In the event of a major disaster in Georgia, the public is more likely to turn to such nongovernmental organizations as churches or the Red Cross than to government, according to a recent Peach State Poll.
Just over one-third of all poll respondents said that they would look first to a church organization if a disaster occurred; 28 percent said they would go to the Red Cross. Only 20 percent said they would head first to state or local government, and a mere 8 percent said they would turn to federal government first.
Most critical of federal disaster response are African Americans. While 57 percent of whites in Georgia are either very confident (19 percent) or somewhat confident (38 percent) in the Federal Emergency Management Agency, only 40 percent of African Americans are either very confident (10 percent) or somewhat confident (30 percent).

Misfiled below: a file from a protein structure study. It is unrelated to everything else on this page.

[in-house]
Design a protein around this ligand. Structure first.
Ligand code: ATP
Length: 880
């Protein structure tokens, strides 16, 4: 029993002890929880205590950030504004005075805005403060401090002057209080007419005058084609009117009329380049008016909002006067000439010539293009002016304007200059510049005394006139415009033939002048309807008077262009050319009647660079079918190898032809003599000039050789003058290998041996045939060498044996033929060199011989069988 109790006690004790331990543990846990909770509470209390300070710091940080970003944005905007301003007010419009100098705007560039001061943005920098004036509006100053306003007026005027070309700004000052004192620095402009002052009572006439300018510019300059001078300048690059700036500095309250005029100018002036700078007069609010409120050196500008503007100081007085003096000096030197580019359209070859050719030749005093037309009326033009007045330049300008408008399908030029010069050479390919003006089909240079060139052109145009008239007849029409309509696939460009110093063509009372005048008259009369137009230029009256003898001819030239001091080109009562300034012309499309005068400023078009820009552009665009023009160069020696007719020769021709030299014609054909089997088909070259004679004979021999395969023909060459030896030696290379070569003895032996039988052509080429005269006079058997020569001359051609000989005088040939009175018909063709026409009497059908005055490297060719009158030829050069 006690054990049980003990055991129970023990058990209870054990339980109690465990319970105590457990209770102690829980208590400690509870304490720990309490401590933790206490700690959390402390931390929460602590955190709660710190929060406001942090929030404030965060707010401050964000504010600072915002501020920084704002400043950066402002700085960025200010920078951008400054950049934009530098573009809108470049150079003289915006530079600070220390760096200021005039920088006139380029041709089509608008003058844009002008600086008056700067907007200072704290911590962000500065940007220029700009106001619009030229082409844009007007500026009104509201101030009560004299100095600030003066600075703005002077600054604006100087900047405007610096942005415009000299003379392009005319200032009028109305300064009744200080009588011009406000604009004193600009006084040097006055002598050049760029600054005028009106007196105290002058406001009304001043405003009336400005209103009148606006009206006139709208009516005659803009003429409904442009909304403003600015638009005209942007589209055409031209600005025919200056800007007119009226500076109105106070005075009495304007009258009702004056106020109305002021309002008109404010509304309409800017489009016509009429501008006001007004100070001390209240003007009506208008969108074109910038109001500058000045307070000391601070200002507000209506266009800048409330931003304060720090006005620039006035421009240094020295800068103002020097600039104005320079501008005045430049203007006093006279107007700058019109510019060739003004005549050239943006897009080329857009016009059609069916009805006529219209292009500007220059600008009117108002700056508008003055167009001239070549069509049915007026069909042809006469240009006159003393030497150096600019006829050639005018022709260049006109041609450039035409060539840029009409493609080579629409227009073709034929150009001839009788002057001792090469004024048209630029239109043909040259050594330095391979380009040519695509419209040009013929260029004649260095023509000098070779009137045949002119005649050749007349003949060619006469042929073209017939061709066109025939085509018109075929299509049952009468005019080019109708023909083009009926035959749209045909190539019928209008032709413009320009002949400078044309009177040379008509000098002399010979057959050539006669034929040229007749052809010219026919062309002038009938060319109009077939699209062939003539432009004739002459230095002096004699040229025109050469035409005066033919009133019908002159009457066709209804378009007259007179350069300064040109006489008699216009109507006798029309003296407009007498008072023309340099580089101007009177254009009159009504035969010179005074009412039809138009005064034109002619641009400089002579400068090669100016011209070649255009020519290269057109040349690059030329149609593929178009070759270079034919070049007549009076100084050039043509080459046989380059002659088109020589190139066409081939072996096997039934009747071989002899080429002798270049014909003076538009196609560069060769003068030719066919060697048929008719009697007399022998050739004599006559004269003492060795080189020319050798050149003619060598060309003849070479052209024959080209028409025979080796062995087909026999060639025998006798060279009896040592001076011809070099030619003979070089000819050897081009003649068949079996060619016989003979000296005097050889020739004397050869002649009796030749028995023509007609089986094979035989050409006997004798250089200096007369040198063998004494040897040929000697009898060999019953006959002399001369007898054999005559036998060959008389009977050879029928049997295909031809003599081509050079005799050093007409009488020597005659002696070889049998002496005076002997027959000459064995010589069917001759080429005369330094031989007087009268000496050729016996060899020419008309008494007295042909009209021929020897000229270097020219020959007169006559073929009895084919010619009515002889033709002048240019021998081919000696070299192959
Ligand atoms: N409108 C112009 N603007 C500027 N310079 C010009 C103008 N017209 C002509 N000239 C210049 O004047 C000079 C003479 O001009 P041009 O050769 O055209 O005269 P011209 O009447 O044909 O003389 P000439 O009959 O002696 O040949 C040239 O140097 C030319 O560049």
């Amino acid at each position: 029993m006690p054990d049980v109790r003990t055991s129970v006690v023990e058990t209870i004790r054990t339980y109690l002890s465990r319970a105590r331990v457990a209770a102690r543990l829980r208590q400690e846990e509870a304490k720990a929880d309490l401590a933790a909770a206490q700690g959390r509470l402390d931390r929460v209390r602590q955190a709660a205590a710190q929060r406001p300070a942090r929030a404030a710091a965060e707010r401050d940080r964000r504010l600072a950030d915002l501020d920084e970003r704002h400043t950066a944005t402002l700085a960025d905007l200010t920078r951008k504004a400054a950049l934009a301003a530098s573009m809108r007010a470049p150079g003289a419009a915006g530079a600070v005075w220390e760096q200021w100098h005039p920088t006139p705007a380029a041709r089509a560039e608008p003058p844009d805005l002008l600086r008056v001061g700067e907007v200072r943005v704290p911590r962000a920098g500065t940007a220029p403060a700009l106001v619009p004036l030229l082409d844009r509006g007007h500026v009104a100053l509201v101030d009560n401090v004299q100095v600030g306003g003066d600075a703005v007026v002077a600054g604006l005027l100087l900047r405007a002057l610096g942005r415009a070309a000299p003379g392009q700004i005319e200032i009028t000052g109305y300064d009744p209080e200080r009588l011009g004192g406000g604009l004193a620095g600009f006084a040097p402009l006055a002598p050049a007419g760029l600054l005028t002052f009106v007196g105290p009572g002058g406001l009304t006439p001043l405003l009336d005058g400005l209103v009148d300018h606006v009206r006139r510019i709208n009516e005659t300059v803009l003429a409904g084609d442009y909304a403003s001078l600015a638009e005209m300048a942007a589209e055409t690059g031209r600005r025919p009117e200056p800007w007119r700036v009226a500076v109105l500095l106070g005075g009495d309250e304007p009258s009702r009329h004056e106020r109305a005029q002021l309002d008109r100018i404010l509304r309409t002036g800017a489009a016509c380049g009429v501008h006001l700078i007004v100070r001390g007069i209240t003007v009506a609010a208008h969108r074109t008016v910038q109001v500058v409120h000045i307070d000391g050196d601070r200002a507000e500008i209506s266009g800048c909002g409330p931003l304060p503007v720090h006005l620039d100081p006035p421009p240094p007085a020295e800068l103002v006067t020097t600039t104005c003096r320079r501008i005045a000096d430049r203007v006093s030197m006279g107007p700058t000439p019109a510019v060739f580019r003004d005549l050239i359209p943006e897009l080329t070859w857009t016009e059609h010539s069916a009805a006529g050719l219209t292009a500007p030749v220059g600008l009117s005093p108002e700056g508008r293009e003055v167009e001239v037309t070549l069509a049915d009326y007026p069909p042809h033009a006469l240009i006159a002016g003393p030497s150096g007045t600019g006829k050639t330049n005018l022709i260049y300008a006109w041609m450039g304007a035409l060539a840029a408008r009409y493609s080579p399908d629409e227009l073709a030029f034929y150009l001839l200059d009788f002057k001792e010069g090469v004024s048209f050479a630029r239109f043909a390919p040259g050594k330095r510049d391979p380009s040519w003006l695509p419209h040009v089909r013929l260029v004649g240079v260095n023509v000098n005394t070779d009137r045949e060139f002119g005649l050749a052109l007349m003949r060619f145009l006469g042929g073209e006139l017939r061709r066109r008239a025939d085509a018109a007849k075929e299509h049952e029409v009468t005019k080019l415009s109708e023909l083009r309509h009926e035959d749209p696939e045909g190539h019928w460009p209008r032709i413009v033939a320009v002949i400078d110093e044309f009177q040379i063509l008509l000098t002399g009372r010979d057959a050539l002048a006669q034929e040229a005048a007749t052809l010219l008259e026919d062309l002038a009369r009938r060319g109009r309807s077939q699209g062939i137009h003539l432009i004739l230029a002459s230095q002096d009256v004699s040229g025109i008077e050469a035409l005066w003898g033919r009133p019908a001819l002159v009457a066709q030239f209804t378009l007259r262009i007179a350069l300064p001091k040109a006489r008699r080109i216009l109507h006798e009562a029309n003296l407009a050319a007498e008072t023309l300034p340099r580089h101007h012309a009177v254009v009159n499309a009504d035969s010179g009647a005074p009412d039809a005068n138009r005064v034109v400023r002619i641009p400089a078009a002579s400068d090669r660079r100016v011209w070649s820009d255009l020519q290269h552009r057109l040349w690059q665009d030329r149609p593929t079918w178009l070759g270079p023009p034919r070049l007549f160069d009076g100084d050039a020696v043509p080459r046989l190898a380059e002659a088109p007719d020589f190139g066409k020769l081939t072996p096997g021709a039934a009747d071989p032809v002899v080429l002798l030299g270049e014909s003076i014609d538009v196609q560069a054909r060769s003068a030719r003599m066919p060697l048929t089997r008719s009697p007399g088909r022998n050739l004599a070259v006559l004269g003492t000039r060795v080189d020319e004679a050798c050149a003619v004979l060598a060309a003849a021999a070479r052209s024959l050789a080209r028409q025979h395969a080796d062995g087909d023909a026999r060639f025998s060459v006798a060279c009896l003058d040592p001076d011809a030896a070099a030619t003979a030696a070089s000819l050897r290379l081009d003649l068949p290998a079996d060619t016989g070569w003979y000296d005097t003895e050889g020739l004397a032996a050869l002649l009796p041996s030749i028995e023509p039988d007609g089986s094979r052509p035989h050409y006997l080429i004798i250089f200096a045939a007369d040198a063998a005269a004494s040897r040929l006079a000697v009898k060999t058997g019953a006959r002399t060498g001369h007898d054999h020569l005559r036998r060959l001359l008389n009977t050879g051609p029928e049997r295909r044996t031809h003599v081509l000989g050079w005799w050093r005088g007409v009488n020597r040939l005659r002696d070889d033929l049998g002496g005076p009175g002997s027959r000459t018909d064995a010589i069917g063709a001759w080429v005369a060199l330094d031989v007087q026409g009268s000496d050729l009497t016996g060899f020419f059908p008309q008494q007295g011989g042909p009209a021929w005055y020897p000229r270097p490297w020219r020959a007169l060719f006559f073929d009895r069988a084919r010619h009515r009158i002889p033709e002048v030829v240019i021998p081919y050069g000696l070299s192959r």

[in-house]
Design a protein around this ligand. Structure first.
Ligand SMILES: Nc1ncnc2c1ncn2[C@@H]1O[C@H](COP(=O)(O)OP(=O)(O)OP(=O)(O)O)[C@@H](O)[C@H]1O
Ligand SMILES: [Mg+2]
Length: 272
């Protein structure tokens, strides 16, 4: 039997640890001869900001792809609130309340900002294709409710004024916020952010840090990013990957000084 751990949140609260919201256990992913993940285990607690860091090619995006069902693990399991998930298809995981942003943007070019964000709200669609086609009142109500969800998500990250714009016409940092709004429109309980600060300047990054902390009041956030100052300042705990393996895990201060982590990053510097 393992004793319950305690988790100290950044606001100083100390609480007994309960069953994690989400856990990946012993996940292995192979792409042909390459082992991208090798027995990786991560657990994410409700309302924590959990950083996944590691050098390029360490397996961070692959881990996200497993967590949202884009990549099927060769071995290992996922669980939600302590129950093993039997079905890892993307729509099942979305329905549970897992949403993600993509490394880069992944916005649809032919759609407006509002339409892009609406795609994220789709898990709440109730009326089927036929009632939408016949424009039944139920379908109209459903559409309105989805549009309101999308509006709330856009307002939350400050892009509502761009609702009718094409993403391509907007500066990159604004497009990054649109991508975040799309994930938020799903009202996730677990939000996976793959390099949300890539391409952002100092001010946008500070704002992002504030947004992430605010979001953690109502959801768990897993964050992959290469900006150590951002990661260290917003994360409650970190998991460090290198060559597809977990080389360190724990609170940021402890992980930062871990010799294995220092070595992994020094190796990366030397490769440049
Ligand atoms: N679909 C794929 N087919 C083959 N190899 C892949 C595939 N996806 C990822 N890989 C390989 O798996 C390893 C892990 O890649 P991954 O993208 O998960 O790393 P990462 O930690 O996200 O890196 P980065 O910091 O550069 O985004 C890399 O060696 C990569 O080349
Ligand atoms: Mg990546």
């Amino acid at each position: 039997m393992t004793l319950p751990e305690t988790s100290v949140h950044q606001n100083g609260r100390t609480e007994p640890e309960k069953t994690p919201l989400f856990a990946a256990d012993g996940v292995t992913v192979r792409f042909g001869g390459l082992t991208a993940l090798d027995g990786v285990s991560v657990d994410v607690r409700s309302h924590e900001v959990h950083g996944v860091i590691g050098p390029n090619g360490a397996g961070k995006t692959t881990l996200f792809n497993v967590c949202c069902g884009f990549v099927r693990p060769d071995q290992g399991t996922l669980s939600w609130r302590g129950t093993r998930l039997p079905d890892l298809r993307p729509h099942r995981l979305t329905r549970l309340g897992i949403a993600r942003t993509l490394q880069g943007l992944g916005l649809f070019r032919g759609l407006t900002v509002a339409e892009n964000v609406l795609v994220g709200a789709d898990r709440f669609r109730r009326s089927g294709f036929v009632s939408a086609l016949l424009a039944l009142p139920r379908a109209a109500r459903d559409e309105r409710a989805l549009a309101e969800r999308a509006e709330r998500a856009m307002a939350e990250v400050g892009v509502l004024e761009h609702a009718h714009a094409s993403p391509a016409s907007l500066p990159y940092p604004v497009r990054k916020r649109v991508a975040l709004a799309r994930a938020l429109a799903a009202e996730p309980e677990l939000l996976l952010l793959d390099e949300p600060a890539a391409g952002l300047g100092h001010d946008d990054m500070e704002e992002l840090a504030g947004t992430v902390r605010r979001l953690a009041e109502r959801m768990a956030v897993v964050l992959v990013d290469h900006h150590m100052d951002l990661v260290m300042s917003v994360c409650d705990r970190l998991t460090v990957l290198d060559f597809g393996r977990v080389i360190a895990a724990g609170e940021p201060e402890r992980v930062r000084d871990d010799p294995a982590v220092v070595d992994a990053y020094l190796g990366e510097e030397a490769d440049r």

The poll also found that half of all Georgians believe a major natural disaster is either very likely (19 percent) or somewhat likely (31 percent) to occur in the next two years. Twenty-four percent of those who know someone directly affected by either Hurricanes Katrina or Rita believe that a major disaster is very likely, as opposed to only 14 percent of those who do not know someone affected by those hurricanes.